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Hawaiis Medicaid coverage for palliative care expected to save the state money


(The Center Square) – A new amendment to include palliative care coverage in Hawaii’s Medicaid plan is expected to save the state money over time, according to the Hawaii Department of Human Services.

DHS spokesperson Amanda Stevens told The Center Square that including palliative care in the state’s Medicaid coverage should lead to people going less frequently to the hospital or the emergency room, which will mean less money spent.

“This new benefit allows Medicaid beneficiaries who are suffering from serious illness, to receive specialized services that address physical, intellectual, emotional, social, and other needs throughout the continuum of care,” said DHS Director Ryan Yamane.

Palliative care provides people living with serious illness specialized care focused on symptomatic relief along with the stress of living with illness, according to Gov. Josh Green, who is a doctor.

Hawaii is the first state to include palliative care in its Medicaid plan.

“After several years of hard work and collaboration with many community members and experts in the field, I am proud to announce that Med-QUEST is the first Medicaid program in the country to get this benefit approved,” Green said. “This will greatly improve the quality of life and health outcomes for thousands of people who face serious medical conditions in our state. Hawaiʻi continues to lead the nation in innovations in health and health care.”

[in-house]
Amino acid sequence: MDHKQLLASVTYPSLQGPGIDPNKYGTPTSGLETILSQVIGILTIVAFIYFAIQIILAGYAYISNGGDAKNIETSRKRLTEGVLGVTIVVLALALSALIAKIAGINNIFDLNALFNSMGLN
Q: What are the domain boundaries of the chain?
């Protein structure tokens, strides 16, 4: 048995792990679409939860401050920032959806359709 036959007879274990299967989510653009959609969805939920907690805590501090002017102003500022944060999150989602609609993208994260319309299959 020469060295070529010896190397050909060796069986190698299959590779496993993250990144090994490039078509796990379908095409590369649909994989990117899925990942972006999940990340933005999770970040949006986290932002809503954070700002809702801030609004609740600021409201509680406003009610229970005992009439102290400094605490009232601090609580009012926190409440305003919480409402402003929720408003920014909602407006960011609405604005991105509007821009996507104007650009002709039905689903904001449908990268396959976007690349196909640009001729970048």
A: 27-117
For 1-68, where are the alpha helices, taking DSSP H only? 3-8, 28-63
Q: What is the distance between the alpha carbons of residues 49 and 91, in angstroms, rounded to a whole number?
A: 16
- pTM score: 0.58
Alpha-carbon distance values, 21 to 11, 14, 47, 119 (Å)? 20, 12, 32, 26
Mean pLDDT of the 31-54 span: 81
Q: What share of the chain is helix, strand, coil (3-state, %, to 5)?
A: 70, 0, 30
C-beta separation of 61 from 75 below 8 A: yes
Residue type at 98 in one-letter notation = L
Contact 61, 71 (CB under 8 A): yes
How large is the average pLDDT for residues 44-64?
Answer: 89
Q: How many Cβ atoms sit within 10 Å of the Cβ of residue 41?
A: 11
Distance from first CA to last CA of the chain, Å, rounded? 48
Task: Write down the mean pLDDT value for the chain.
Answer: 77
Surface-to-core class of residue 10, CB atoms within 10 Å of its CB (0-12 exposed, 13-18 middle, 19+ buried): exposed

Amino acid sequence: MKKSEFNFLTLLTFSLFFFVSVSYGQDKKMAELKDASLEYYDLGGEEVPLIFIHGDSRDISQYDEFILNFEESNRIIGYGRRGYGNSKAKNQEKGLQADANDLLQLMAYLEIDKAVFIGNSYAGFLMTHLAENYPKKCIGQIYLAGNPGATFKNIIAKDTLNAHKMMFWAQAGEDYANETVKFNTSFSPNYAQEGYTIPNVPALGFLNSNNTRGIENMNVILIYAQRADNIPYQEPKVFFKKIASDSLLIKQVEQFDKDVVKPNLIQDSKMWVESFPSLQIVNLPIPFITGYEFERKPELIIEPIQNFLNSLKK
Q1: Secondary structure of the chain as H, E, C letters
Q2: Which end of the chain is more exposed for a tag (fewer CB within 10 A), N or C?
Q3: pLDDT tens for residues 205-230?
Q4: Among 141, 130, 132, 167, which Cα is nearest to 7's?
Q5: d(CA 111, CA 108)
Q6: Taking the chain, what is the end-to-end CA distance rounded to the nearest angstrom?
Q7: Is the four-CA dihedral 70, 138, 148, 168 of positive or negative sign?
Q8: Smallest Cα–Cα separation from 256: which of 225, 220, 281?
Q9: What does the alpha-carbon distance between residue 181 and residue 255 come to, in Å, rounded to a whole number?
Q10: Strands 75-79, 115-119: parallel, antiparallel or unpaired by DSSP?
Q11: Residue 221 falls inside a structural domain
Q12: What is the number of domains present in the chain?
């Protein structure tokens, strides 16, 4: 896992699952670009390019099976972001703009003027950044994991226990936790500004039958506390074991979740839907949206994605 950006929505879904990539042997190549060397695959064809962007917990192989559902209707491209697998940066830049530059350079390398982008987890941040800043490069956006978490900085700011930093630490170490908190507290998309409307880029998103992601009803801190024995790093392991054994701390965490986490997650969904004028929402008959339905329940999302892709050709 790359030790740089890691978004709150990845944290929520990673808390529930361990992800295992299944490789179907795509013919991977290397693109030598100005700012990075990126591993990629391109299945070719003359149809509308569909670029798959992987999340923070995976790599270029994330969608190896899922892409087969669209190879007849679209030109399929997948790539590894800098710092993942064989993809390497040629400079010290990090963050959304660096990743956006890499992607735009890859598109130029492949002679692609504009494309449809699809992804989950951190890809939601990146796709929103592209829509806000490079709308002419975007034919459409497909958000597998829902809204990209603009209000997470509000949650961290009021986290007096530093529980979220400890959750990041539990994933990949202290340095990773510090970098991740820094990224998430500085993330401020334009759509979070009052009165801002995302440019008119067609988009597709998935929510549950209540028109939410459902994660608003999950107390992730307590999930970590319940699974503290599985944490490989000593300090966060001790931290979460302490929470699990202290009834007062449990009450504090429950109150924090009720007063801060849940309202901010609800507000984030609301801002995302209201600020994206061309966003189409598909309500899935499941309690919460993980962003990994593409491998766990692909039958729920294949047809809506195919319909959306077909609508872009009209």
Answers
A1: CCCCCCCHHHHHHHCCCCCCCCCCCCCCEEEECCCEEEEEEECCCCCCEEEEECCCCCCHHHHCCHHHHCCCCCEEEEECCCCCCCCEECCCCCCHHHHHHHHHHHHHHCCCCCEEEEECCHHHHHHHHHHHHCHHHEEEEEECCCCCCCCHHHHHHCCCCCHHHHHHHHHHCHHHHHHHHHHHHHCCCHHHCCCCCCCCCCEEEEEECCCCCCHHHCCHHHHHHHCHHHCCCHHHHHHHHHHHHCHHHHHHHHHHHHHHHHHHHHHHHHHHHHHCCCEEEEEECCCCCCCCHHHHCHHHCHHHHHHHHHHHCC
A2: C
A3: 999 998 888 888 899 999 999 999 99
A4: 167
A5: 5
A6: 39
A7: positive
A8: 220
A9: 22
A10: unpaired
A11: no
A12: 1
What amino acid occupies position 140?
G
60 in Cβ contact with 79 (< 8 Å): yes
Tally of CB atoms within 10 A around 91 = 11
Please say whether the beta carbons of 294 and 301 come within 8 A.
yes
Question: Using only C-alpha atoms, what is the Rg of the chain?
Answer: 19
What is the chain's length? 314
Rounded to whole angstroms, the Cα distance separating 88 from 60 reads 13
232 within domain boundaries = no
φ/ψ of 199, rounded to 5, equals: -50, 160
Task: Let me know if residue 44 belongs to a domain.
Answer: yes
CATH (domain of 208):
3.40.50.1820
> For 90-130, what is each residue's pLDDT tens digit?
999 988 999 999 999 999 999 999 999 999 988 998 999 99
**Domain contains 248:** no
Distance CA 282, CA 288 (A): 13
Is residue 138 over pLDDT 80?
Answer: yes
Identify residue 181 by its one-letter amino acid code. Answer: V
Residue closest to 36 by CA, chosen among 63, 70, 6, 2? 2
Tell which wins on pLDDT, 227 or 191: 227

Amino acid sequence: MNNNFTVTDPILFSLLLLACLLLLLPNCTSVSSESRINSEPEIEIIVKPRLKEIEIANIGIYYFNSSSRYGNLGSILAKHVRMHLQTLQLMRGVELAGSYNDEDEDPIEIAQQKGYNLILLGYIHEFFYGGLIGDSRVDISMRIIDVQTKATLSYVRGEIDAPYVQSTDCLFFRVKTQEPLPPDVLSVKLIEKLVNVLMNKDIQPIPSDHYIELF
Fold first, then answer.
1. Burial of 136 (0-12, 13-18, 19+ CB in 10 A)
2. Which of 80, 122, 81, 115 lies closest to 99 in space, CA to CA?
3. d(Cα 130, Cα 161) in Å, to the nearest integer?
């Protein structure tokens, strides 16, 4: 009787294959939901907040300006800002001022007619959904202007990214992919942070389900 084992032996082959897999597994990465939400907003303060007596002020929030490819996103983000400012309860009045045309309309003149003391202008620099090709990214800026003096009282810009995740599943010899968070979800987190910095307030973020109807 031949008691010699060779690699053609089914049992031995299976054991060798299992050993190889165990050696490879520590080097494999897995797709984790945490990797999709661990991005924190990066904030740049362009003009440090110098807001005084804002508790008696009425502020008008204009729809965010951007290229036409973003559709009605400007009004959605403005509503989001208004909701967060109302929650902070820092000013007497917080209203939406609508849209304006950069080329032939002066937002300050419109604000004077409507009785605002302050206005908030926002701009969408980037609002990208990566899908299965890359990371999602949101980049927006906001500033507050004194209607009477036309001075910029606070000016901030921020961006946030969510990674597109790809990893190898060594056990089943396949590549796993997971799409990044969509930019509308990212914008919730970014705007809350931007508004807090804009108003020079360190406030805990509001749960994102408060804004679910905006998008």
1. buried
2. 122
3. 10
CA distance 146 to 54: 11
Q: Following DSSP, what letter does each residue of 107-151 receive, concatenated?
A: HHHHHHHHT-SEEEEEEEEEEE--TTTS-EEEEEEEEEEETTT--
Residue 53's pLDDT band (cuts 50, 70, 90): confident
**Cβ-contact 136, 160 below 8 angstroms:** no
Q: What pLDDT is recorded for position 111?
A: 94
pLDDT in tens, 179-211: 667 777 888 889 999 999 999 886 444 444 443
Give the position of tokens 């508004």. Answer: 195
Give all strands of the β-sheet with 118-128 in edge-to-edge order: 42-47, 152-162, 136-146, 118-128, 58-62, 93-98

While there is no cap on the number of patients, people will need to meet clinical criteria to receive the benefit, Stevens told The Center Square.

Stevens said that now that the Centers for Medicare and Medicaid Services has approved palliative care for Hawaii’s Medicaid State Plan, it will not need to be renewed.

Med-QUEST, which administers the state’s Medicaid program, will continue to work with stakeholders and the community to work through the details of its implementation, the governor’s office said.

“Now, fewer people who face serious illness will suffer, because community palliative care is now covered under Medicaid,” said Judy Mohr Peterson, Med-QUEST Division Administrator.

Palliative care is associated with end-of-life care, but differs from hospice care in that patients receiving hospice care are not seeking a cure while those receiving palliative care are looking for ease of symptoms while also typically seeking treatments to cure their illness, according to the U.S. Department of Health and Human Services.

Hawaii’s Medicaid program saw 11,706 fewer enrollments from April 2023 to May 2024 since its unwinding period after COVID-19. Between March 2020 and April 2023, the number of new enrollments increased by 43%, according to DHS.